Originally posted Wednesday, February 12, 2020 by RODNEY HOfirstname.lastname@example.org on his AJC Radio & TV Talk blog
When George Eads of “CSI” fame decided to leave Atlanta and CBS’s “MacGyver” midway through last season, the show had a big hole to fill. His character Jack Dalton was basically Angus MacGyver’s No. 2 man.
Producers brought in Levy Tran as martial-arts expert and detective Desiree Nguyen for the second half of the season in a recurring role. But granted a fourth season, the producers decided to shake things up and bring in a big gun.
The premise: Phoenix Foundation lost its government funding and has been inactive for 18 months. The team scattered to the winds.
But then dapper actor Henry Ian Cusick, known best for his role as Desmond on “Lost,” appears as a billionaire arms dealer Russ Taylor supposedly trying to do good. He finds MacGyver (Marietta’s own Lucas Till) and convinces him to help him on a job to prevent a major bio-weapon from going off and potentially killing millions. You know - typical “MacGyver” situation.
Cusick entered “Lost” season two and managed to turn Desmond into one of the show’s most beloved characters. In a way, he’s doing that again with “MacGyver” by entering a show in a major role already in progress.
“I was nervous coming in,” Cusick admitted while shooting his 16th episode late last month. “I didn’t know how I’d fit in. Thankfully, the cast has been so welcoming. The crew has been great. It’s been an easy transition. Although I’m relatively new, I feel very at home.”
In the first episode, MacGyver - bored teaching - quickly gets the Phoenix gang back together even though he has doubts about Taylor’s true motives.
“We were miserable in our new jobs since the Phoenix was gone,” said Till during a break in rehearsal at Mailing Avenue StageWorks near Grant Park. He was between takes shooting a mildly comedic concluding scene inside a fake airplane interior with most of the cast.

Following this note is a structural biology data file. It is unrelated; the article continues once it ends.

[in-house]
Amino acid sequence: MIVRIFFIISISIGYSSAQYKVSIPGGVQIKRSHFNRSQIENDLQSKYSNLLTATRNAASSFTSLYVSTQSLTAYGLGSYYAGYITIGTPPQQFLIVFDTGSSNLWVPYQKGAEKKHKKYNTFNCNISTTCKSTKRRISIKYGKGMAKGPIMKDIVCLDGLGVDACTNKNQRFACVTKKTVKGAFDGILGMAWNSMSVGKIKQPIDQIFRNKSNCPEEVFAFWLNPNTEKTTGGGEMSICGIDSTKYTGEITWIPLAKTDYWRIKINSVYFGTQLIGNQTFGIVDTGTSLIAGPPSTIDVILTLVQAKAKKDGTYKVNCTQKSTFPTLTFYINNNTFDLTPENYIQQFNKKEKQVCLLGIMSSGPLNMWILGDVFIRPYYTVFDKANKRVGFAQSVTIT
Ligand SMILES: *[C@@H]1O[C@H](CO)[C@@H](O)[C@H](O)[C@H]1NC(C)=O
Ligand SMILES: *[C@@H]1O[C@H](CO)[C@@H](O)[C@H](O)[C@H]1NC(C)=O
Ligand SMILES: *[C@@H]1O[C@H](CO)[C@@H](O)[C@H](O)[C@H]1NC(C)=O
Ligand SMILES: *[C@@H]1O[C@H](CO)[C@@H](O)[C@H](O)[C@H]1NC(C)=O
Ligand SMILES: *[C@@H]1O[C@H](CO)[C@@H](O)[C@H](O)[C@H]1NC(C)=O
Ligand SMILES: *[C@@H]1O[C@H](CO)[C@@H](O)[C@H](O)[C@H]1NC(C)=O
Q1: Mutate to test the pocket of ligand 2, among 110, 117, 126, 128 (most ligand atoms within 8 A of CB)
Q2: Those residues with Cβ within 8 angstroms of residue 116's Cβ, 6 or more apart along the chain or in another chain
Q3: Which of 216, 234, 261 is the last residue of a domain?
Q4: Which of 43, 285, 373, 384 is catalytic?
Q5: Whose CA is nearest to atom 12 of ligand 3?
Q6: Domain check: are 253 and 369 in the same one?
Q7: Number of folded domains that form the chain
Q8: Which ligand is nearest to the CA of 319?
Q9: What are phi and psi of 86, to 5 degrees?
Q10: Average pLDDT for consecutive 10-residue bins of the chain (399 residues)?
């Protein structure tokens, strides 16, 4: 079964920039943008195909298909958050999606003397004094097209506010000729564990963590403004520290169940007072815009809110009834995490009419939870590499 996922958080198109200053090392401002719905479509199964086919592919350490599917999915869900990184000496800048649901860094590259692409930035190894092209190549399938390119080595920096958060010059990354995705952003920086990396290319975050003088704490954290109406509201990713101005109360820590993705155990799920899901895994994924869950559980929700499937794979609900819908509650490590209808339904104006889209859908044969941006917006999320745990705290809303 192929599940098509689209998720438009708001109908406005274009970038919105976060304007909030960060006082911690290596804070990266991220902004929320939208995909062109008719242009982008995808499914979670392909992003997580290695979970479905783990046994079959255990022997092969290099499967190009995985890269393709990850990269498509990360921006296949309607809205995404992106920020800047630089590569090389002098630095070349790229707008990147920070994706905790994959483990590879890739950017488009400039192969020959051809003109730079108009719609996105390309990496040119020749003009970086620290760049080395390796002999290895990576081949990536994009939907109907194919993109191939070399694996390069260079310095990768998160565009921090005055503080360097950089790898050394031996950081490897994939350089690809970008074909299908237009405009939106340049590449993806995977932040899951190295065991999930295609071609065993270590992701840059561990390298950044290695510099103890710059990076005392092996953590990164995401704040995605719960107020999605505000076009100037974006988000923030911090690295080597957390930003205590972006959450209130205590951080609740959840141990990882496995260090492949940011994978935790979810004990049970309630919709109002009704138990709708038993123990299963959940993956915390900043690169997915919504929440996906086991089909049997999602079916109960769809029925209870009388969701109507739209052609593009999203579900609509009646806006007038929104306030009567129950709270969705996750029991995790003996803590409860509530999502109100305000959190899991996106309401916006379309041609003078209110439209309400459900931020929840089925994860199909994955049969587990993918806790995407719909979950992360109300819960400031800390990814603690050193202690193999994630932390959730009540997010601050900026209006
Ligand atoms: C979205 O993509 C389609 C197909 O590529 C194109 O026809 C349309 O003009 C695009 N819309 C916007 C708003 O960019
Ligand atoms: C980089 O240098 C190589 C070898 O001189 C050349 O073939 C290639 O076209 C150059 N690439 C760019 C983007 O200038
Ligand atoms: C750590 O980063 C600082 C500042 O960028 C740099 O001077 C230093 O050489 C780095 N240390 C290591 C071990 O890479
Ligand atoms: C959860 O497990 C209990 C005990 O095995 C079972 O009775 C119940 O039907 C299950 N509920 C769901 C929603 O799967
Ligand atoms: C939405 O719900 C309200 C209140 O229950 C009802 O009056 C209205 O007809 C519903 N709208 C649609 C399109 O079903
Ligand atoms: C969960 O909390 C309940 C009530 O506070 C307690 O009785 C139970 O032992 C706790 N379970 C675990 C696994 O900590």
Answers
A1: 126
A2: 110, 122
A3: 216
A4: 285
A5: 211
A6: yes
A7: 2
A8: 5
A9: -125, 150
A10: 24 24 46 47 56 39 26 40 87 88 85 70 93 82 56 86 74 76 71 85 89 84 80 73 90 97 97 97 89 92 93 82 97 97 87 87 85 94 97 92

Till said in many ways, the writers split the characteristics of Eads’ Jack character into two new characters. Tran’s Desi became both the brawn and Till’s love interest. “There was a joke that Jack and I had a bro-mance of sorts,” Till said.
But MacGyver couldn’t smack-talk Desi the way he could Jack. So he does that instead to Cusick’s Russ, who comes across suave and likable but not villainous despite his seedy back story.
Cusick said he is at greater loggerheads with MacGyver’s boss Matilda (Meredith Eaton) in part because he’s not as organized or focused as she is.
By the end of the fourth season debut episode, which aired last Friday night and featured a little fun with nitrous oxide, everyone was ready to save the world a few more times over. Turner’s massive private cash infusion brought the Phoenix Foundation and its offices back to life. “It’s home,” MacGyver said near the end.
Till, including episodes that haven’t aired yet, has now done 80 episodes in three-plus years and he is grown into the role. Now 29, his still-boyish looks mesh with more mature demeanor.
“Page count wise, it’s like 40 movies in eight years,” Till said. “When I first started this, I didn’t think I could do this. It was so hard. The memorization was killing me combined with my inability to do anything outside of work.” He said, fortunately, all of that has gotten easier and he has more free time.
And the writers always come up with wackier, crazier stuff for MacGyver to escape, he said. “This season, we tethered two airplanes together and I go from one to the other to save a kid and his dad,” he said.
“Two days ago,” Till added, “we were on set and all of us got rigged up and got pulled up into a sky. That was a Friday night. We get to fight. It’s been nuts this whole week.”
He also notes that while most episodes the first three seasons focused on peril of the week, this season will be more serialized with the team chasing down a single bad guy over the first 13 episodes.
And Till said the cast is now clicking, minus Eads. “We have settled into this phase where we equally play off each other,” he said.
“MacGyver,” 8 p.m. Fridays, CBS
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